Predominant Prospecting Pitfalls

"What are they doing that we're not doing?" is the question I am asked by leaders more than any other question in my business. They're referring to those organizations who are consistently experiencing growth.

 

I am in the fortunate position of having been part of high-growth organizations or teams, even when the industry was not growing. Additionally, for the last 6 years, we’ve had the opportunity to work with many executives and organizations, both in growth mode and those looking to change the course of decline. As a result, it is easy to identify some of the key differences between those who grow and those who struggle, have “lumpy” results, or simply lop along each year.

 

One major difference is prospecting, and specifically the process and the skills associated with it. Here are several predominant prospecting pitfalls preventing sales growth in companies that aren’t doing what the others are:

 

1. Not making time for prospecting

 

Revenue generators (those who are responsible for acquiring, retaining and expanding clients) are too busy working “in the business” that they don’t think they have time or need to make time to be working “on the business”. A constant flow of new opportunities, both from current and new clients is required for consistent growth. In companies that grow, prospecting time is not optional and it’s intentional.

 

2. Lack of disciplined process

 

Companies that grow understand that prospecting must be a defined and proactive approach. Attracting business takes focus, effort and discipline. They understand that a cadence of touches over a defined course of time is the best way to stay top of mind with their prospects and that giving up too soon is the kiss of death. Recent studies show that the average number of touches with a prospect before they engage with you has moved from 7 to 11.5. Is it better to touch 10 prospects 15 times or 25 prospects 7 times? We recommend a 12-week touch plan that includes 16 defined touches.

 

3. Believing that "I'm not interested" means "I'm not interested"

 

What this really means is “not right now” or “not yet”. Assuming the teams are calling on target organizations where your solution could solve one or more of their problems, then the prospects will be interested. It just takes time to build relationships, trust and engagement. We see “I’m not interested” turning into pipeline opportunities all the time in organizations that understand how to respond to this objection.

 

4. Not getting to the point

 

Successful prospecting requires that you make the best use of your prospects’ time. They don’t know you yet nor do they understand how you might make their life better. Get to the point of how you will help them. Sales messages that ramble on about your company sound very much like Charlie Brown’s teacher to your prospects. Work on your messaging and get to the point.

 

5. Not leaving voicemails

 

Many sales professionals feel that they will just call and call until someone picks up. Hello caller id! They know you’re calling. Voicemail is a great way to communicate how you can help. But it has to be crisp, professional, in their operating reality and to the point. Companies who grow create scripts and ensure their teams nail them.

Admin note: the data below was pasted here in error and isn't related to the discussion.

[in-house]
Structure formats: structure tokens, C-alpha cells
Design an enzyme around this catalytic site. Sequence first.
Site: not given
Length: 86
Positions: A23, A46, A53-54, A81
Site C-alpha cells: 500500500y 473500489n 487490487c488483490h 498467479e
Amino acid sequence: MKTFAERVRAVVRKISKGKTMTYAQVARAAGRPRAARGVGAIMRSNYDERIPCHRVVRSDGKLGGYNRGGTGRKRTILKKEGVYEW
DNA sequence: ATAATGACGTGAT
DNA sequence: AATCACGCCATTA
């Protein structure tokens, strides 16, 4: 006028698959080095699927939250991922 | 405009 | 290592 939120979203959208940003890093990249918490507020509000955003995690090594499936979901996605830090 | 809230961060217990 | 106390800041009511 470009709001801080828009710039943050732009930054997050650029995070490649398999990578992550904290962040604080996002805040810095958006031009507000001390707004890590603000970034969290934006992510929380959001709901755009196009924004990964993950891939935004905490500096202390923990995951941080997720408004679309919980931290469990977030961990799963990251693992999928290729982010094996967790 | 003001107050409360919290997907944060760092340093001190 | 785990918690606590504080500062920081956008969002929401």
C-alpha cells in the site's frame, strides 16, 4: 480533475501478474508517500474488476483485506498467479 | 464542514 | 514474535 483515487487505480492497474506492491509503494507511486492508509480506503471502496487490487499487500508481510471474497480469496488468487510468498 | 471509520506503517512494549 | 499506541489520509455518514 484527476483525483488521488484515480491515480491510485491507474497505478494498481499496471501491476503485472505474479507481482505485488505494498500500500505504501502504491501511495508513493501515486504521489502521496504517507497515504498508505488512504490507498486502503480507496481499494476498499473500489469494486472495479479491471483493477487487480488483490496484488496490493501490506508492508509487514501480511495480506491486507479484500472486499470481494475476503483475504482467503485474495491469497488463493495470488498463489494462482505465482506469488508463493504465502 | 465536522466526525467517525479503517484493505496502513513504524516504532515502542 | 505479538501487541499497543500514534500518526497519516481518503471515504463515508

6. Not utilizing multiple methods of communication

 

Some companies just want their teams on the phone. Others, want them out “knocking on doors”. Both are necessary for bringing in clients. However, growth companies have a plan for follow up and utilize multiple methods of communication including: calls/voicemail, LinkedIn, emails handwritten notes, texting, networking and other methods of connecting.

 

7. Not prepared for the prospect to pick up the phone

 

The whole goal of this process is to create opportunities to have dialogue with new prospects and begin to convert them to clients. Companies that grow have teams that know what to say when the prospect picks up the phone. They train and role-practice on how to overcome the initial objections such as “I’m busy, not interested, happy with current vendor, etc.” If you can’t have a meaningful conversation about how your solution will solve their challenges, then prospecting efforts will not deliver the return.

 

8. Trying to sell

 

What? You thought that’s what this whole plan was about - selling! Prospecting is not selling. Prospecting is attracting and building relationships. Nothing turns off a prospect faster than someone trying to “sell” them something. People want to buy; they love to buy in fact, if it’s a solution for them. No one likes to be sold. Words matter. Intent matters. Relationships matter. Growth companies pay close attention to this.

 

If you feel that your organization could use a little support (or a lot of support) in creating opportunities, Butler Street can help. We specialize in helping companies identify the value their solutions deliver to their target market, build templates and scripts and implement prospecting touch plans. Contact us

 

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